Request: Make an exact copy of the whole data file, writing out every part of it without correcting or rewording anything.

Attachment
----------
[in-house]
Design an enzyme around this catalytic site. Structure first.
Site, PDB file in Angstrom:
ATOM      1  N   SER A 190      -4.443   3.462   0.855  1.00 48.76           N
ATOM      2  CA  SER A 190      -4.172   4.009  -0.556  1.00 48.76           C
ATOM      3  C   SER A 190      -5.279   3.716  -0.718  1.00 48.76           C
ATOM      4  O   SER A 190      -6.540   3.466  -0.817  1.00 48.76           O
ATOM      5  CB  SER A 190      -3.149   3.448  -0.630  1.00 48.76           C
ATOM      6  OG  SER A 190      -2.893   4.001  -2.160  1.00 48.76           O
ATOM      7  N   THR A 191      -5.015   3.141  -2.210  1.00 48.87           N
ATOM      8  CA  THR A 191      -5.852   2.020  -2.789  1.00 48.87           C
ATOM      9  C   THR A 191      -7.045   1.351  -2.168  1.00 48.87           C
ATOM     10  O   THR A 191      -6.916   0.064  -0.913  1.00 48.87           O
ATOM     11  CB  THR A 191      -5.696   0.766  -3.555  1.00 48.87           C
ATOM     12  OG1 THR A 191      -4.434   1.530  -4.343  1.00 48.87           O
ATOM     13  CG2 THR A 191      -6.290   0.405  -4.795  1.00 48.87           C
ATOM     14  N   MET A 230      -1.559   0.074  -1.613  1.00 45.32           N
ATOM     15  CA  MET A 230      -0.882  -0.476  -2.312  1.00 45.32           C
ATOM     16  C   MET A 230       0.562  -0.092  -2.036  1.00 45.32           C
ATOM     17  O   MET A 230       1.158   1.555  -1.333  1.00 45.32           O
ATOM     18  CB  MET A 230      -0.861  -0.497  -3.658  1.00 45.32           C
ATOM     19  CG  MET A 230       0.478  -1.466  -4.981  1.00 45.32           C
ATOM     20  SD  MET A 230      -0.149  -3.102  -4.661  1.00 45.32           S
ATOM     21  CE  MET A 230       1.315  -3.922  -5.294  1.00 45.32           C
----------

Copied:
[in-house]
Design an enzyme around this catalytic site. Structure first.
Site, PDB file in Angstrom:
ATOM      1  N   SER A 190      -4.443   3.462   0.855  1.00 48.76           N
ATOM      2  CA  SER A 190      -4.172   4.009  -0.556  1.00 48.76           C
ATOM      3  C   SER A 190      -5.279   3.716  -0.718  1.00 48.76           C
ATOM      4  O   SER A 190      -6.540   3.466  -0.817  1.00 48.76           O
ATOM      5  CB  SER A 190      -3.149   3.448  -0.630  1.00 48.76           C
ATOM      6  OG  SER A 190      -2.893   4.001  -2.160  1.00 48.76           O
ATOM      7  N   THR A 191      -5.015   3.141  -2.210  1.00 48.87           N
ATOM      8  CA  THR A 191      -5.852   2.020  -2.789  1.00 48.87           C
ATOM      9  C   THR A 191      -7.045   1.351  -2.168  1.00 48.87           C
ATOM     10  O   THR A 191      -6.916   0.064  -0.913  1.00 48.87           O
ATOM     11  CB  THR A 191      -5.696   0.766  -3.555  1.00 48.87           C
ATOM     12  OG1 THR A 191      -4.434   1.530  -4.343  1.00 48.87           O
ATOM     13  CG2 THR A 191      -6.290   0.405  -4.795  1.00 48.87           C
ATOM     14  N   MET A 230      -1.559   0.074  -1.613  1.00 45.32           N
ATOM     15  CA  MET A 230      -0.882  -0.476  -2.312  1.00 45.32           C
ATOM     16  C   MET A 230       0.562  -0.092  -2.036  1.00 45.32           C
ATOM     17  O   MET A 230       1.158   1.555  -1.333  1.00 45.32           O
ATOM     18  CB  MET A 230      -0.861  -0.497  -3.658  1.00 45.32           C
ATOM     19  CG  MET A 230       0.478  -1.466  -4.981  1.00 45.32           C
ATOM     20  SD  MET A 230      -0.149  -3.102  -4.661  1.00 45.32           S
ATOM     21  CE  MET A 230       1.315  -3.922  -5.294  1.00 45.32           C